At a conference recently held in Sarajevo, participating health-care institutions from Bosnia and Herzegovina had a chance to showcase the achievements of a project funded by the Swiss Agency for Development and Cooperation (SDC) and implemented from 2013 to 2019.
One of the main achievements of the project was the endorsement by the Governments of 2 action plans for the prevention and control of noncommunicable diseases (NCDs), 1 in the Republika Srpska and 1 in the Federation of Bosnia and Herzegovina.
Both action plans were modelled after and complementary to WHO/Europe’s regional NCD action plan. They define the Governments’ priorities for tackling NCDs in the next 6–7 years. Dr Alen Seranic, Minister of Health and Social Welfare of the Republika Srpska, and other high-level health authorities in Bosnia and Herzegovina presented the main directions of the action plans and discussed them with international experts.
The WHO–SDC project addressed public health and policy aspects of the huge burden of NCDs in Bosnia and Herzegovina, in line with best international practices and evidence. In 2016, 4 out of 5 deaths in the country were due to NCDs.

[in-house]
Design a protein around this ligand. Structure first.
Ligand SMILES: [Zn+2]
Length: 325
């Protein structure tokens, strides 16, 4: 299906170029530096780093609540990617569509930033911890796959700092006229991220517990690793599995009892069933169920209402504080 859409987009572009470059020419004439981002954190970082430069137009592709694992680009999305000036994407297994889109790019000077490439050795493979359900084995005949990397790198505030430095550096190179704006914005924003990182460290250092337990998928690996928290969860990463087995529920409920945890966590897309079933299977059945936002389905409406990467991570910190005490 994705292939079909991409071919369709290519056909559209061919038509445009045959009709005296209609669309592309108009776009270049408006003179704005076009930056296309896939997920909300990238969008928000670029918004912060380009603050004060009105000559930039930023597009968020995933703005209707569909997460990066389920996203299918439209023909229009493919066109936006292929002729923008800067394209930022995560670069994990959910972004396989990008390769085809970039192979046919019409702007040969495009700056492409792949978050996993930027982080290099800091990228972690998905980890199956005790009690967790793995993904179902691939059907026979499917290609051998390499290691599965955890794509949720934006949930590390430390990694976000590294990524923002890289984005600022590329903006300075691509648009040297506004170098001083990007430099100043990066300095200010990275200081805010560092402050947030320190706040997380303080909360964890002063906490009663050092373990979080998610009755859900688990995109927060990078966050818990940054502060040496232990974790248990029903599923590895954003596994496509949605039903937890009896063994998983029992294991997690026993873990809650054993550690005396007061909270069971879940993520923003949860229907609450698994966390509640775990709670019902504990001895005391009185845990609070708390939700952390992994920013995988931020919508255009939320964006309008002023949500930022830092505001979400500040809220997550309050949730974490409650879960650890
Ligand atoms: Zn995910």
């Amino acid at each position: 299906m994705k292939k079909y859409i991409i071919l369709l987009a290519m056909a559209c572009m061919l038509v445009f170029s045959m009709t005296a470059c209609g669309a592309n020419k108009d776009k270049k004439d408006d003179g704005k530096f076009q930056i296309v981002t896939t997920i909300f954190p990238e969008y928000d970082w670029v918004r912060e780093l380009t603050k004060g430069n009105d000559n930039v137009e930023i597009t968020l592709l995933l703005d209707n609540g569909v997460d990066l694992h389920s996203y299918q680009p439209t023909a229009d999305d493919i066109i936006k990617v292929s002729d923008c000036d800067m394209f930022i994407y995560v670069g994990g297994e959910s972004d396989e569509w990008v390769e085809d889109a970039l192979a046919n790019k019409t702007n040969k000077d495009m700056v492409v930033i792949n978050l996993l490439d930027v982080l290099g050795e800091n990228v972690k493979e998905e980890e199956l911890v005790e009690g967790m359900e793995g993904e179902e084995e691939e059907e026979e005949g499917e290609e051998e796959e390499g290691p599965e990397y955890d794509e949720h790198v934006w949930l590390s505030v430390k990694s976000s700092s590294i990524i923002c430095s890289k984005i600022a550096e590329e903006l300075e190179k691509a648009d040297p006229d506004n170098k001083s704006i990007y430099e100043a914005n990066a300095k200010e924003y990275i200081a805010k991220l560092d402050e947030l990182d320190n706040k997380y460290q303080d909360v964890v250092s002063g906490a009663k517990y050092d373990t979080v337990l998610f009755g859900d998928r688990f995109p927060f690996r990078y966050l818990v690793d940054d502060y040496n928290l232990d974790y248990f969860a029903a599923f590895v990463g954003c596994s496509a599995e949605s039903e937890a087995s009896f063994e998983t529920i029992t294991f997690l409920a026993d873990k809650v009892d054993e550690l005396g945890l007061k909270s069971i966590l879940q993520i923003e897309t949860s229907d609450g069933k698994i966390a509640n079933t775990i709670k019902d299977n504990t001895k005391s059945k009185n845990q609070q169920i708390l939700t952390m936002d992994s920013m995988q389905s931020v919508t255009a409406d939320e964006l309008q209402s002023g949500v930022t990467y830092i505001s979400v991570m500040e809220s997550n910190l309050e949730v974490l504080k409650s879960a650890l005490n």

The project placed special attention on cardiovascular diseases (CVDs) such as heart attack and stroke, as these cause half of all deaths in the country. In particular, the project focused on the principal health risks for developing CVDs, such as high blood pressure, increased blood glucose and lipids, tobacco smoking, overweight/obesity and lack of physical activity.
It included a comprehensive, large-scale intervention to improve the quality of and access to standardized cardiovascular risk assessment and management (CVRAM) services in primary health care/family medicine. This ultimately led to approximately 70% of the population, or 2.4 million people, having access to these services in their communities.
This was achieved through a multilevel approach. At the health-centre level, 101 family medicine teams from 26 health centres were accredited by respective agencies, and 2624 family medicine health workers, doctors and nurses were trained and certified to offer standardized CVRAM services. At the individual level, 4000 toolkits with clinical guidelines for health professionals, including 208 000 sets of informational and educational materials for the population, were disseminated. At the population level, a broader survey of the food environment in the cities of Sarajevo and Banja Luka was conducted for the first time according to WHO methodology.
Overall, in line with the health-in-all-policies approach, 37 bills with public health relevance were developed; of these, 20 were enacted in 2016–2018. A Public Health Network was also established using a whole-of-government approach and with the involvement of all ministries of the Republika Srpska Government.